My Initial Thoughts on the 2016 Election

This election cycle I worked for the communications department of Hillary Clinton’s campaign in Colorado. Needless to say, election day was devastating and in the days that followed, the last thing I wanted do to was pay attention to the news or listen to anyone’s election analysis. Unfortunately, social media makes disconnecting nearly impossible. From time to time I’d catch glimpses of commentary or articles that I felt couldn’t go unanswered or unchallenged.

About halfway through my journey back home to Washington State from Colorado, I had finally had some time to myself and decided to put my thoughts into words. With so much to cover, I decided to write my thoughts in bullet form.

  • What an incredible thing our democracy is. It is nothing short of a privilege to see a peaceful transition of power. There are so many people around the world who don’t have this same privilege.
  • A healthy democracy has several components. Electing our leaders is one and holding them accountable is another. Across the board, Americans need to the do a better job with the accountability part.
  • I absolutely respect the outcome of this election and I respected the voices of the people who voted for Donald Trump. What I will not respect are voices that disrespect the existence of other people, that terrorize other people or that try to diminish the rights of other people — all of these go both ways.
  • To the men and women who voted for Donald Trump, I want to make sure we are clear on who our President Elect is. Donald Trump was endorsed by the Klu Kux Klan; bragged about grabbing women by the vagina without their consent; has a grade level handle of the English language; cannot recite a single verse in the Christian bible; has made his wealth on the backs of hard working people; has a Vice President who signed legislation that proactively discriminates against LGBT Americans; and called for a ban on an entire religion. This man will be my president just as much as yours after January and I sincerely hope he does a good job because wishing for anything else would be like wishing for my pilot to fail while I’m on the plane. That said, I want to make another thing very clear, over the next four years, I will be doing everything in my power to hold him accountable. And lastly, be careful about saying that a majority of Americans supported Donald Trump. In case you weren’t aware, 1.5 million more Americans voted for Hillary Clinton than for Donald Trump. Furthermore, the number of Americans who voted for Donald Trump accounts for only 27% of total eligible voters in the U.S.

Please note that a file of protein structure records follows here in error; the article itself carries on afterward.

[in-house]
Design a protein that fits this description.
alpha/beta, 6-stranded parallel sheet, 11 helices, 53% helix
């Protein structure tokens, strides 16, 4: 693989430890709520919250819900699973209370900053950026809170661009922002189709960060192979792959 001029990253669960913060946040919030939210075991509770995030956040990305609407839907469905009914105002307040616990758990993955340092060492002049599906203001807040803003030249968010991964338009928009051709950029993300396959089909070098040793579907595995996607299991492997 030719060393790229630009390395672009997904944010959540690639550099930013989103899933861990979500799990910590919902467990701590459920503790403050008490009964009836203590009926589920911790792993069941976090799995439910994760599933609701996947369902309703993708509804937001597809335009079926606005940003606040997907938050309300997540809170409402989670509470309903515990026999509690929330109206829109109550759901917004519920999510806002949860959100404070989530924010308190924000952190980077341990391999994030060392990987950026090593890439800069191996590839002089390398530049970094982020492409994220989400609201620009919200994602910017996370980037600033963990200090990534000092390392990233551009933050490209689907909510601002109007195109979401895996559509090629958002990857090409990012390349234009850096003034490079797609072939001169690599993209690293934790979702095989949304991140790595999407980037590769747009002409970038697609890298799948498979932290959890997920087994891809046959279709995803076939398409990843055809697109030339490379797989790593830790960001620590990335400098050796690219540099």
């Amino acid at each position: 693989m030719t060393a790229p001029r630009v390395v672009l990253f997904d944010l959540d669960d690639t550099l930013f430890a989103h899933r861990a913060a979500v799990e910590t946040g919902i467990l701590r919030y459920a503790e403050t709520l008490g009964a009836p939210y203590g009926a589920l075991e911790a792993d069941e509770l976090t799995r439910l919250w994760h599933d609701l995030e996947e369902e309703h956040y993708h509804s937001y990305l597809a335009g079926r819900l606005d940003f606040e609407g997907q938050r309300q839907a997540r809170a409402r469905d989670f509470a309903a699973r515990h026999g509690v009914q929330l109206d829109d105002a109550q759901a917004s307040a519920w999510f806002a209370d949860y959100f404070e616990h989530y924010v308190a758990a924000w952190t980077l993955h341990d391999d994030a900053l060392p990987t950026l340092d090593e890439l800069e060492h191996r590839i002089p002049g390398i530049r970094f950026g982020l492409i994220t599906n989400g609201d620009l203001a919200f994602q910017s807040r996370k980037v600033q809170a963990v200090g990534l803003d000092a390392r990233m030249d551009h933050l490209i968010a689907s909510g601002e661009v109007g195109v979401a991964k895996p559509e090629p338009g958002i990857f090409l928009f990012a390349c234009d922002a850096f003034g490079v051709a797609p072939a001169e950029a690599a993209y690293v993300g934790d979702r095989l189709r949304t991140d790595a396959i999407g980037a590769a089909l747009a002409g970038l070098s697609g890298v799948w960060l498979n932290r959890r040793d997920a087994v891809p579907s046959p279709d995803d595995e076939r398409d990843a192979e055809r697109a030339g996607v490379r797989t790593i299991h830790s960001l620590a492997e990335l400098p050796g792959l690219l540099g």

• To the people who have spent the last week protesting across the country, ask yourself: how much have you moved the needle? There are empty school board meetings and empty city council meetings that need you right now. Find the leaders who reflect your values, work to get them elected, and hold them accountable. The powerful visual of a protest is great but then what? Pair your demonstrations with tangible impact.
  • To the people who are using the #NotMyPresident, Donald Trump will be your president starting January 20th. Now do your job as a citizen of this country and hold your future president accountable.
  • To those of you who voted third party, I better see all of you go after Trump as much as I saw you go after Hillary. And a quick tip, if you want to start a movement, do so by electing people at the local level first, people who are more competent than the presidential candidates you put forth.
  • To those of you who caucused for Sanders who are saying if only it had been Sanders against Trump, Democrats would have won, Hillary Clinton won the Democratic primaries by a wider margin than she won the popular vote for President. Hillary Clinton received 3 million more votes than Bernie Sanders and I am one of those voters. If you are truly about the empowerment of people, stop trying to invalidate my voice and the voices of people who voted for Hillary Clinton. I have several reasons for why I preferred Clinton over Sanders, ask me about them and respect them. If you were on the Bernie-or-bust movement, I hope this isn’t the reaction you have every time you don’t get your way, otherwise we are in for a long journey.